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Well. Today's been eventful.

I was referred to a gynaecologist after experiencing unusually heavy, long and painful periods which started this year after eight months of nothing (I'm 49 and assumed it was perimenopause being a bastard, but the periods were becoming so horrific that they were badly affecting my day to day life). I had a hysteroscopy and D&C on Monday and felt reasonably good afterwards, but unfortunately what the gynaecologist thought would be the least likely cause of the problem is what she found. She thinks we've caught it early enough to treat it, but I will need a hysterectomy either at the end of this year or early next year.

It's been a couple of hours since she told me - I was calm through most of the consultation and said, "well, even if it isn't treatable, I suppose something is going to kill me eventually" and she said "you're not going anywhere for a while yet" - but lost it towards the end. I have no idea how I'm going to tell my parents. I have to have an MRI in a couple of weeks (no longer covered by Medicare - thank you so much, Morrison Government) then we go from there.

I think I'm in a bit of shock.

Well. Today's been eventful. I was referred to a gynaecologist after experiencing unusually heavy, long and painful periods which started this year after eight months of nothing (I'm 49 and assumed it was perimenopause being a bastard, but the periods were becoming so horrific that they were badly affecting my day to day life). I had a hysteroscopy and D&C on Monday and felt reasonably good afterwards, but unfortunately what the gynaecologist thought would be the least likely cause of the problem is what she found. She thinks we've caught it early enough to treat it, but I will need a hysterectomy either at the end of this year or early next year. It's been a couple of hours since she told me - I was calm through most of the consultation and said, "well, even if it isn't treatable, I suppose something is going to kill me eventually" and she said "you're not going anywhere for a while yet" - but lost it towards the end. I have no idea how I'm going to tell my parents. I have to have an MRI in a couple of weeks (no longer covered by Medicare - thank you so much, Morrison Government) then we go from there. I think I'm in a bit of shock.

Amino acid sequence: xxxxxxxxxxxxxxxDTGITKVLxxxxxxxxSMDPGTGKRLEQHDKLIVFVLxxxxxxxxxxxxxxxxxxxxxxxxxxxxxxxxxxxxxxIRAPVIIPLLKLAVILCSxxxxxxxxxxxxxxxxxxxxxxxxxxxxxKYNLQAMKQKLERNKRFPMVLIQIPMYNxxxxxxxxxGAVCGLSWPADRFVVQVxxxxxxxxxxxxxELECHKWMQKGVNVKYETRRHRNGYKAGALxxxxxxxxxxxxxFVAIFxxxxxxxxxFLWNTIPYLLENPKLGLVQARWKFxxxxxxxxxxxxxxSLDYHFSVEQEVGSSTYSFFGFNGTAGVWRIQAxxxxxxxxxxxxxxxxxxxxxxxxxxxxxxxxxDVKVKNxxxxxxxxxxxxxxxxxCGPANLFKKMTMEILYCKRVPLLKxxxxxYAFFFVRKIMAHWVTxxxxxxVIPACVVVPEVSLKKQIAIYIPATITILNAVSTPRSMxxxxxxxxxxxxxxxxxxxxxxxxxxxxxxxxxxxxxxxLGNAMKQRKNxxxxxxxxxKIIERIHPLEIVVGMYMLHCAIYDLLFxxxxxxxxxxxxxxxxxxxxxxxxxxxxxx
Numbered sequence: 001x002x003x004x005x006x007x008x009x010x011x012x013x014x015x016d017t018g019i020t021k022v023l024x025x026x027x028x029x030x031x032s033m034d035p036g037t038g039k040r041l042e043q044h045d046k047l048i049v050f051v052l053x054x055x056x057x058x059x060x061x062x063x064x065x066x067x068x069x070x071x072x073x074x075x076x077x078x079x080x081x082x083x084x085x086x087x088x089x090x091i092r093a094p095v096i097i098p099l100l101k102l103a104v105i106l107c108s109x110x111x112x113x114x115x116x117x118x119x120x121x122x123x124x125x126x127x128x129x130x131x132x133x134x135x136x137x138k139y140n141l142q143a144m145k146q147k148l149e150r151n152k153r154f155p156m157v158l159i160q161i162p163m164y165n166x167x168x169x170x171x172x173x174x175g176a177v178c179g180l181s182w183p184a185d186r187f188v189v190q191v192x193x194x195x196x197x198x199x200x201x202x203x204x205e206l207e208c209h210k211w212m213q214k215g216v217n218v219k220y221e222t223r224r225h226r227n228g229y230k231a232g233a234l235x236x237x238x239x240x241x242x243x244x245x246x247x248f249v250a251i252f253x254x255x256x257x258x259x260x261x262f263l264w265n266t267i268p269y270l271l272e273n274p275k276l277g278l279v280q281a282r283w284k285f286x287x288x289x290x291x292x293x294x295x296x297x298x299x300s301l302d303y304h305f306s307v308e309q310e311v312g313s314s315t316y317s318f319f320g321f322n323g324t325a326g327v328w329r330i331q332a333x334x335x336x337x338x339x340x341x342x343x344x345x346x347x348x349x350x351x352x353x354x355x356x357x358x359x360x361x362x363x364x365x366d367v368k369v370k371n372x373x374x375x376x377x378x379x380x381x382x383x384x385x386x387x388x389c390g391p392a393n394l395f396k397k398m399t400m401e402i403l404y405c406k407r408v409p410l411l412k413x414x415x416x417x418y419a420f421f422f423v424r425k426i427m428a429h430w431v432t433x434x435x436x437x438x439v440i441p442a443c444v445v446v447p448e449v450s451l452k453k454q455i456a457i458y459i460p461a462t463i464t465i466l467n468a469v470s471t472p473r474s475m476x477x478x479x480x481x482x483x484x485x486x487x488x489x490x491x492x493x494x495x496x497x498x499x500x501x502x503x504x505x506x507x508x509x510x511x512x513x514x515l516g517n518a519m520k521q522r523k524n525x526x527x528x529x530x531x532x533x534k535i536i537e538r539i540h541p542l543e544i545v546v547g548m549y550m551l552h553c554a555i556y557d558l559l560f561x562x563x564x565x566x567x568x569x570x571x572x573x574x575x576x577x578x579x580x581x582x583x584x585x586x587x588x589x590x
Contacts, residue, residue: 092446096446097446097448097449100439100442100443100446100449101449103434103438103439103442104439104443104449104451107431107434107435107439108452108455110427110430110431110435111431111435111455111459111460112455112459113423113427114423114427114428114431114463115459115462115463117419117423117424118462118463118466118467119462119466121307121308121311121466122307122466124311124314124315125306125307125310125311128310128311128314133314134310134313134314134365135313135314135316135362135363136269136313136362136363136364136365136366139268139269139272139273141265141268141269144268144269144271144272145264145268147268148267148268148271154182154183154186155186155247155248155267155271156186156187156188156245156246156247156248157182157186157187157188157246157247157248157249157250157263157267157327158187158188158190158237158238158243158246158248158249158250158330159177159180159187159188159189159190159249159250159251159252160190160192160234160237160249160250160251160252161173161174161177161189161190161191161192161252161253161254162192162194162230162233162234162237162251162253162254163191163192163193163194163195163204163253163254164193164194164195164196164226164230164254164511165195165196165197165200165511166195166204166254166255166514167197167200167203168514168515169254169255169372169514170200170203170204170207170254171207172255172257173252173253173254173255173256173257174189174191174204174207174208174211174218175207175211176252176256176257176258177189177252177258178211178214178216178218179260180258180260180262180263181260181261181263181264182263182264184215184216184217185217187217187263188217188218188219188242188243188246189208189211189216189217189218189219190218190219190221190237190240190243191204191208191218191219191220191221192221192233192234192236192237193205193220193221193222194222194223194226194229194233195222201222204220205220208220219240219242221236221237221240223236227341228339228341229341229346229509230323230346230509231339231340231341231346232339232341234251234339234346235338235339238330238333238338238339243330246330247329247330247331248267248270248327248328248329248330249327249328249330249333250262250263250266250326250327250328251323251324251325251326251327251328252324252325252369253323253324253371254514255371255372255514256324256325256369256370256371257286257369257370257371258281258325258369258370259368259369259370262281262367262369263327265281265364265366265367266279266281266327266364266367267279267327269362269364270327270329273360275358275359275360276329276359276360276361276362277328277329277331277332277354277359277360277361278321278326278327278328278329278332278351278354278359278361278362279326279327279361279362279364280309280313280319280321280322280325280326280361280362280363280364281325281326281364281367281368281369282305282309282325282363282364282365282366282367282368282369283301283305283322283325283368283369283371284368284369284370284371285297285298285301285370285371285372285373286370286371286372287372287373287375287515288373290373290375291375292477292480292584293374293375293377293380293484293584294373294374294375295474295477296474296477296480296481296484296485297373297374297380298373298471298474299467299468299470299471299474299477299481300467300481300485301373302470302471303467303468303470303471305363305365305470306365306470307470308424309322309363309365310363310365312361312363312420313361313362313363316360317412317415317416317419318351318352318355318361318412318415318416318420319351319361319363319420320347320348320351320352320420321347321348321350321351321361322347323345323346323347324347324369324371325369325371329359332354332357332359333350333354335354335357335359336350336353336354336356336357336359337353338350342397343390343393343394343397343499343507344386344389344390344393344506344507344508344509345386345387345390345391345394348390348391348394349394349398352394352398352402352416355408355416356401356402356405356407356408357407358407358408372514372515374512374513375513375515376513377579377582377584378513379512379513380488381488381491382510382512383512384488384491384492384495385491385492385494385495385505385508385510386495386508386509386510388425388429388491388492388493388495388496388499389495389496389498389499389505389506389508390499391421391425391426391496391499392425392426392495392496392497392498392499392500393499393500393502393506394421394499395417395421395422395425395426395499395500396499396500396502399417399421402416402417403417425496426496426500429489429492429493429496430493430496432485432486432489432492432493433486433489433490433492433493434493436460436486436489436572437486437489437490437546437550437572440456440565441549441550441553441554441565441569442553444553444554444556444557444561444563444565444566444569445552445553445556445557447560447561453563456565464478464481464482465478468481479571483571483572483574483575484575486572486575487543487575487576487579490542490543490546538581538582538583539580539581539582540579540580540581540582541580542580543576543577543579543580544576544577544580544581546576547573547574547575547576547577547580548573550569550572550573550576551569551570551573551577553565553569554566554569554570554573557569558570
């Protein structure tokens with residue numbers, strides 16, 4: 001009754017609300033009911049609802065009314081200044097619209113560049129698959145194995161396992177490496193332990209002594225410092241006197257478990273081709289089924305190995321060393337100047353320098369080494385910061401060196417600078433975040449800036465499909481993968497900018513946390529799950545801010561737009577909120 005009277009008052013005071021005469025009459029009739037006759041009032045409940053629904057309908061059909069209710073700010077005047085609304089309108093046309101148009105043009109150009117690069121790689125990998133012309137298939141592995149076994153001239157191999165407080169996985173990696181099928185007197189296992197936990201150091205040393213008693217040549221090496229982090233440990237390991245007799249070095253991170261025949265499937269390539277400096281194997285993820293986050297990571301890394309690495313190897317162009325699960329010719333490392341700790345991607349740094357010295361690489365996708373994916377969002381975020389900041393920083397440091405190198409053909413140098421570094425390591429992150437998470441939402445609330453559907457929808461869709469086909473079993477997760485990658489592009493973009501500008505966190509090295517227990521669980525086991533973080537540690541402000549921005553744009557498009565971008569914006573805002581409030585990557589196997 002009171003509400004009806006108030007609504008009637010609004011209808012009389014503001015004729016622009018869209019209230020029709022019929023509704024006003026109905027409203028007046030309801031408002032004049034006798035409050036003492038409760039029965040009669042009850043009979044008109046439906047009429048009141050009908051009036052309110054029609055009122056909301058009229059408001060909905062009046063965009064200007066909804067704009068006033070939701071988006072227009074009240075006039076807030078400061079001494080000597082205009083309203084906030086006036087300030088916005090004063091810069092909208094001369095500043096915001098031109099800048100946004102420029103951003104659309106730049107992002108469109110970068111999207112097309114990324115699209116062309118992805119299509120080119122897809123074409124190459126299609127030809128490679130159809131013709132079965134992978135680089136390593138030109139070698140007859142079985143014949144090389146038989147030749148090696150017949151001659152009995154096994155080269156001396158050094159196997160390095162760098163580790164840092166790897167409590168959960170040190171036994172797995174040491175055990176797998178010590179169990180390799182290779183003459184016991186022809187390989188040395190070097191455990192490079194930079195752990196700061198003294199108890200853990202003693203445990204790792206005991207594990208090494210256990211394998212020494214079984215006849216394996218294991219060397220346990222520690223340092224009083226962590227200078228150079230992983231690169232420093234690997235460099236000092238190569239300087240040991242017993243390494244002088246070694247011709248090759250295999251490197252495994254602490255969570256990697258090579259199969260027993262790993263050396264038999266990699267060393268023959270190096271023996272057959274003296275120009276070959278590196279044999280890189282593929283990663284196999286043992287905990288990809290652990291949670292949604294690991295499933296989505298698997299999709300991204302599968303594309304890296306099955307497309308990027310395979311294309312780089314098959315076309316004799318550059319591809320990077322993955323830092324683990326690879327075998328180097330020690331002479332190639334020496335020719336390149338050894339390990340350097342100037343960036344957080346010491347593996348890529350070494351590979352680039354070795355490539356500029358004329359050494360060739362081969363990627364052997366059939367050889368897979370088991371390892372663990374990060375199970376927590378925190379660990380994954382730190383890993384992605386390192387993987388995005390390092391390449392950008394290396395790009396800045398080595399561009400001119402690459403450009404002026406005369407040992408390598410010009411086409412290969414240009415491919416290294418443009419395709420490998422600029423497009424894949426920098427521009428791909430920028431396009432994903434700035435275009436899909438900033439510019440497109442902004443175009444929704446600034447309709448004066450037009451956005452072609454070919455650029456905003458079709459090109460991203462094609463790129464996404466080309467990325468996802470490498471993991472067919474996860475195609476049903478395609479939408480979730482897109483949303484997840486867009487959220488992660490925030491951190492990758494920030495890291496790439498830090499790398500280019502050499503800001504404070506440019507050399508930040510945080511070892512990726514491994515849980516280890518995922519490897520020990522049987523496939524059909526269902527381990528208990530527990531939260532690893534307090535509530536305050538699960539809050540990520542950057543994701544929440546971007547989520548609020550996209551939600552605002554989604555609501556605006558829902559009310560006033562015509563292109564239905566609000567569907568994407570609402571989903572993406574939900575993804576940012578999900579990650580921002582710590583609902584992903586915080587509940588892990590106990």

46 comments

That really sucks. I hope your surgery goes well. Do you have to pay for your own MRI?

Thank you. Yes, I think I do but I'll find out if private health insurance will cover some of it.

I’m really sorry. I understand how shocking that must have been to hear and I hope you have people in your life who will support you through this. I’m not familiar with how the American healthcare system works, do you have to pay for everything yourself? I hope your MRI and surgery goes smoothly and that you’ll have a quick recovery. Sending loads of hugs<3 (if you want them, otherwise ignore that bit).

Thank you so much! The hugs are greatly appreciated 💗💗

I'm in Australia, so fortunately Medicare and my private health insurance will cover most of it, but I'll probably have to pay several hundred dollars out of pocket at least. Thanks to COVID my work had to put things in place to allow us to work full time from home during lockdowns, and they've said they'll maintain a hybrid work model. So with any luck I'll be able to work from home post-surgery once I'm up to it, which will mean I won't have to take as much leave.

Sorry for the assumption, I thought Medicare was an American thing. I’m glad that you won’t have those astronomical bills at least. But it sucks that you have to pay any of it, it’s not like you need the extra stress right now. I hope your work will be accommodating, try to not put to much pressure on yourself though. Feel free to reach out if you ever want to talk or vent <3